Traffic tickets, if you aren’t familiar, can also mature into a warrant for your arrest if you aren’t timely in paying them. So for instance, if you were a resident of Waldo city, where the per capita income was $15,693; if you missed one of the speed limit changes where it goes from 65MPH to 30MPH you’d likely owe about a week’s paycheck to the city on top of groceries, rent, insurance, and gas. It’s for reasons like this that resident’s of these cities have trouble finding meaningful employment. Moreover, it’s one of the reasons the cities have trouble collecting taxes. A municipality can only be as wealthy, or as impoverished as it’s constituents. Until these cities find a better source of revenue, they’ll likely continue to issue citations, shooting themselves in the foot.
Some people are looking for solutions to these troll cities, and I’d like to propose a look at a few. Over policing can be like an autoimmune disease, but under policing can lead to an increase in criminal activity. So the best approach is balanced, and modest in nature. I’ll go over a few of them here:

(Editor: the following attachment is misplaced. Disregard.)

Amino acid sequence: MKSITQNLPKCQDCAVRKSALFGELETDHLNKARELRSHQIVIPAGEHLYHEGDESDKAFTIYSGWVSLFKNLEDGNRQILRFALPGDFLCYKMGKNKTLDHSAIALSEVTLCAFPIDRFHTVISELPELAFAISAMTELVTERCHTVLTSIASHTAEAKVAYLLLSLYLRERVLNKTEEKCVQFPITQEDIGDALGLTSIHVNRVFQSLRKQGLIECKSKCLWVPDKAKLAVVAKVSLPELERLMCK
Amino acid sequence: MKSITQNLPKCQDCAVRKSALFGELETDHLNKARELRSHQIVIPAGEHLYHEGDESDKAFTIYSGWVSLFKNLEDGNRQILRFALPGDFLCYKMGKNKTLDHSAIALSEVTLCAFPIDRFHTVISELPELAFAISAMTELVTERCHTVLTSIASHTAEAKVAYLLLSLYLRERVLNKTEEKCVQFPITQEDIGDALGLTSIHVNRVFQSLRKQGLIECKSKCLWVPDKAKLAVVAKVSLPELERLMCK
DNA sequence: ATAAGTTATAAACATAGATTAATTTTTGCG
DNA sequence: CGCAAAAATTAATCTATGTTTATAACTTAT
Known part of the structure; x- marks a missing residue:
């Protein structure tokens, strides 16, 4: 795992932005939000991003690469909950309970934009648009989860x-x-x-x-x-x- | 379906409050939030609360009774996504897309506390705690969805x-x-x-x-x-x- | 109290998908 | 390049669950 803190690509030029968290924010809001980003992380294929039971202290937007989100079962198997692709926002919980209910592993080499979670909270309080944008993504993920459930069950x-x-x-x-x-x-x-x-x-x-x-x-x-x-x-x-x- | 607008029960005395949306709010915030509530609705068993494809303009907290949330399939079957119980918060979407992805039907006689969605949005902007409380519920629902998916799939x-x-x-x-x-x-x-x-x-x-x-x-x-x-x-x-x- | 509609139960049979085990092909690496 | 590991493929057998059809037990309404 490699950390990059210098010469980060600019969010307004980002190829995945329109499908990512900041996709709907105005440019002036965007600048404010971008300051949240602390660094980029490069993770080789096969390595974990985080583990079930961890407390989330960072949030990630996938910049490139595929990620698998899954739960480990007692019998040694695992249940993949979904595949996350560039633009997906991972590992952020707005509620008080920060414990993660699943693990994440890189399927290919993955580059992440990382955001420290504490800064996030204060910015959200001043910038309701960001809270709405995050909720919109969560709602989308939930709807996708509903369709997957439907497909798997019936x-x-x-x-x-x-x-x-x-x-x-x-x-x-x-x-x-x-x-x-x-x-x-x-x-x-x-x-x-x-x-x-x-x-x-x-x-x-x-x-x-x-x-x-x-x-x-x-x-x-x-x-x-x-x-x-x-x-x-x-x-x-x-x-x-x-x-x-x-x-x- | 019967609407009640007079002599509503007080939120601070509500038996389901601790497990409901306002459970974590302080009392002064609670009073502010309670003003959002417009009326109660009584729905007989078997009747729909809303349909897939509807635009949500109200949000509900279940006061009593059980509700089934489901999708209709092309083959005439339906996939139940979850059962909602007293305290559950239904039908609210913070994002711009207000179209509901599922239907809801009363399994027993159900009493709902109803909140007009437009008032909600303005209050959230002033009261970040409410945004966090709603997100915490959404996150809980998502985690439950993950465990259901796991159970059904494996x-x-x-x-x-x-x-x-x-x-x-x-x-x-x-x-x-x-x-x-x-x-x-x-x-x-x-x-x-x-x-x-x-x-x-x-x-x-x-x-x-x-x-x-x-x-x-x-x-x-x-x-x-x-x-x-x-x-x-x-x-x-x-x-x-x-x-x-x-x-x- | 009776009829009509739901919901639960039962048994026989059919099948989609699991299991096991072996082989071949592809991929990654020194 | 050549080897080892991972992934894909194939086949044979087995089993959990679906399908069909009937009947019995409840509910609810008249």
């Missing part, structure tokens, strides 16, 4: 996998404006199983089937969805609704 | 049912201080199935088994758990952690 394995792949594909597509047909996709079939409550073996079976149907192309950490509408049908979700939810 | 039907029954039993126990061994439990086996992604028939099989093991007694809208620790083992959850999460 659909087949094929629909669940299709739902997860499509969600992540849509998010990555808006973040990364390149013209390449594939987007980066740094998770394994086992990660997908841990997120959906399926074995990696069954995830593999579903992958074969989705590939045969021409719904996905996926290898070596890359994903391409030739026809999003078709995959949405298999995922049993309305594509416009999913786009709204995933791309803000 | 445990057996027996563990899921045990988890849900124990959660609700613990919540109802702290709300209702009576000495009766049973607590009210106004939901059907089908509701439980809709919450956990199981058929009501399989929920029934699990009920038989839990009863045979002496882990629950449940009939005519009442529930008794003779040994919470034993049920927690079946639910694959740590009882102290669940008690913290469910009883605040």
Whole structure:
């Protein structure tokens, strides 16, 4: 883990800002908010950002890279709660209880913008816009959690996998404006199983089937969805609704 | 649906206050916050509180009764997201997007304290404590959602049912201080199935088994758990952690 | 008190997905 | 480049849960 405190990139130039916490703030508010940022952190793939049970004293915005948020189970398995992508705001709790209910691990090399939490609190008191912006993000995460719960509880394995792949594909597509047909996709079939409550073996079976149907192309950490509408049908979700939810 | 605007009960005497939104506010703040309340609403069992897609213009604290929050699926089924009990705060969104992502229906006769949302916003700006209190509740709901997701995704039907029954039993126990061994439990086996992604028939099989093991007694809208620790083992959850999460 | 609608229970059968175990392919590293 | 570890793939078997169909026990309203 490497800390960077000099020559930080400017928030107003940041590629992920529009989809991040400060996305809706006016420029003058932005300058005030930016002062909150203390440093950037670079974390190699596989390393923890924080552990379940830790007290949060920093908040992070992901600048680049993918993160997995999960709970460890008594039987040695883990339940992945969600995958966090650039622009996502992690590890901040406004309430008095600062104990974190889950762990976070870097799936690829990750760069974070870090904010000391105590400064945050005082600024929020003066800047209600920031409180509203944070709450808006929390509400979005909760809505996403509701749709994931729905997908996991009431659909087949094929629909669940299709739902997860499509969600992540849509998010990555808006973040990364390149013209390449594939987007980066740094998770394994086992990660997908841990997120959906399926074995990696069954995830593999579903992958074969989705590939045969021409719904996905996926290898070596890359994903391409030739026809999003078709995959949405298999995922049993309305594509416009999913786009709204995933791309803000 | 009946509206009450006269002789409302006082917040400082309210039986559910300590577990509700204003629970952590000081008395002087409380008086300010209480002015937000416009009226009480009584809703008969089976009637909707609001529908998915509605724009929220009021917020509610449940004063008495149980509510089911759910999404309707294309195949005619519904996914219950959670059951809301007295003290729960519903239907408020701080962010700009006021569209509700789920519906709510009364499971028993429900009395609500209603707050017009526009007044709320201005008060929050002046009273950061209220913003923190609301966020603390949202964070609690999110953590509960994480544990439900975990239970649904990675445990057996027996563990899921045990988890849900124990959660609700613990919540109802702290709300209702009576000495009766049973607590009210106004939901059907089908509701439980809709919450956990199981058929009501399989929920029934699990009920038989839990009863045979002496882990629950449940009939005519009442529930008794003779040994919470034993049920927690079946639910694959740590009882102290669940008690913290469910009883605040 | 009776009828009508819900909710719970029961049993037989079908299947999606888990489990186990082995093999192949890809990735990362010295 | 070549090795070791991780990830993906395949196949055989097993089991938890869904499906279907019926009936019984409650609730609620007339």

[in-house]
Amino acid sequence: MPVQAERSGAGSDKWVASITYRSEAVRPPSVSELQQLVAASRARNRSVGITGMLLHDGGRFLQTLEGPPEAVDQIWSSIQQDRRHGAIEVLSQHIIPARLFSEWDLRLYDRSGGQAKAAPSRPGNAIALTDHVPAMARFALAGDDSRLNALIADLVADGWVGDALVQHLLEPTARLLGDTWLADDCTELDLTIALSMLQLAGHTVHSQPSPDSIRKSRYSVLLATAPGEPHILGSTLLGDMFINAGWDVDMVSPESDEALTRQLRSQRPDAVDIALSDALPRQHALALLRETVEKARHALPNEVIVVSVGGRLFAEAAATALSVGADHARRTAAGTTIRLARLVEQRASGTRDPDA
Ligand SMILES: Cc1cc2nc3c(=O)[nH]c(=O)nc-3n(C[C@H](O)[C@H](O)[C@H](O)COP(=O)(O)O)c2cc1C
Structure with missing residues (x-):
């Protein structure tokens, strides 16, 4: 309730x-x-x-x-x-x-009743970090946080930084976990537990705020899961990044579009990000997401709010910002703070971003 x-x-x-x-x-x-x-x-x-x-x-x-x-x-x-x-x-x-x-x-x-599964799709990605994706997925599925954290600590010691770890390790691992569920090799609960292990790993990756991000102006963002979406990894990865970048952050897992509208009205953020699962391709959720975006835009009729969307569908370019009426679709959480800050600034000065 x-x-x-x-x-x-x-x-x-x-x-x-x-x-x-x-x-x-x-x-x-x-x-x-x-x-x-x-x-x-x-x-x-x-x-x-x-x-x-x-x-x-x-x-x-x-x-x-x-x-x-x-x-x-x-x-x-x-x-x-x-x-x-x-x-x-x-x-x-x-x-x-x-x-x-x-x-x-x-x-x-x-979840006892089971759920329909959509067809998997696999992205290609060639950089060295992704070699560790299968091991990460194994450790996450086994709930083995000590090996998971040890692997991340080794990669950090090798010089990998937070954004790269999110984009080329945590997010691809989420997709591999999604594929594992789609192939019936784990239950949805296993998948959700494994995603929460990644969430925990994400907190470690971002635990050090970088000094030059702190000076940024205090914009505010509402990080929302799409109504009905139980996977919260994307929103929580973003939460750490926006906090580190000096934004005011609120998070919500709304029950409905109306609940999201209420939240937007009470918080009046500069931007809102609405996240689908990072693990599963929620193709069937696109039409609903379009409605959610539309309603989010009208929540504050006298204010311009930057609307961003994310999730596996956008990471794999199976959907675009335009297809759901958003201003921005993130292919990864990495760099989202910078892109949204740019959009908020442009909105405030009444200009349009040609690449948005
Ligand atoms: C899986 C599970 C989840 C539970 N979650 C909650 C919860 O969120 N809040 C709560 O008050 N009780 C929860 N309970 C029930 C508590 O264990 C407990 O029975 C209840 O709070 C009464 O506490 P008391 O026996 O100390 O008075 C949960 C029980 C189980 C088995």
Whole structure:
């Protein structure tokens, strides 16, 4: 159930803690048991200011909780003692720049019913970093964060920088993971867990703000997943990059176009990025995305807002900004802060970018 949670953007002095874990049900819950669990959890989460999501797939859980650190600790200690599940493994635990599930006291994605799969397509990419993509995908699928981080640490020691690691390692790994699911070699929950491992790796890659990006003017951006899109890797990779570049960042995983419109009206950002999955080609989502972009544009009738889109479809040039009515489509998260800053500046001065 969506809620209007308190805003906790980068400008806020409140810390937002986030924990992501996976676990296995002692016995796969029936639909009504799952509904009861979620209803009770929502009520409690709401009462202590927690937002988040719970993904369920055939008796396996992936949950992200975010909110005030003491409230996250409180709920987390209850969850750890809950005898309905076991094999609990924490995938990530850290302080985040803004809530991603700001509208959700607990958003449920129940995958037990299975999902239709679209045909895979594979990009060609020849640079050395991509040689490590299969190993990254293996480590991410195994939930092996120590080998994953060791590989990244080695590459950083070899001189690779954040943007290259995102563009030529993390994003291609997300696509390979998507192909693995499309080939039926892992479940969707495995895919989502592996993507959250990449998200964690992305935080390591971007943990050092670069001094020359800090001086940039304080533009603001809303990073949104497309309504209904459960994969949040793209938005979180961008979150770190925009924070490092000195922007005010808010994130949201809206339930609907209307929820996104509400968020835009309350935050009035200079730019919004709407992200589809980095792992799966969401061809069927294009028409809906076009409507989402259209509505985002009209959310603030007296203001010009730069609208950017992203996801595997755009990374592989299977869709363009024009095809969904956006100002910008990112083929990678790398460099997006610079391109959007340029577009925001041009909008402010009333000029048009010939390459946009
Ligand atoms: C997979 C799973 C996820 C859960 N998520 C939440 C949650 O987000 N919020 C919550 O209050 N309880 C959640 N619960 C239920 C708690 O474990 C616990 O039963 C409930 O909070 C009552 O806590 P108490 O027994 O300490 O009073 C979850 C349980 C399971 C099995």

Why not make Route 301 an interstate?
Route 301 actually stretches 1100 miles from Florida to Delaware. Route 301 is a highway that travels between a bunch of states, much like interstate 95. But the route contains a bunch cities on the way to Gainesville. Because of this it has a lot of different entrances on to the roadway, meaning there’s going to be traffic traveling at 10MPH merging with traffic going 65MPH coming at a bone crushing 90-degree angle. This is typically why Interstates have very big signs, and roadways with big concrete barriers, for safety. For clarification: “A US highway is an all access highway, like a main road; it includes businesses, houses, and direct intersections. Top speeds on the average US highway are 55 mph. An interstate highway is a limited access highway that is meant for commute. It includes no property entrances, and interchanges at high speed. Speeds range from 65 to 75 mph (about 90 to 105 km/h)”^ Making route 301 an interstate would also mean that it would be governed by state troopers, and not the local police departments of Starke, Lawtey, Hampton, and Waldo. The biggest issue here is that the route passes directly through the cities, in fact, two of the cities town halls, and The Bradford county courthouse is located directly on US 301, and these many points of access create a bunch of different avenues for accidents. Changing Route 301 to an interstate could be done, but it’s more than a simple name change. Barriers, signs, and ramps would have to be erected to make it safe for the high speeds, which for a long stretch of road can get costly.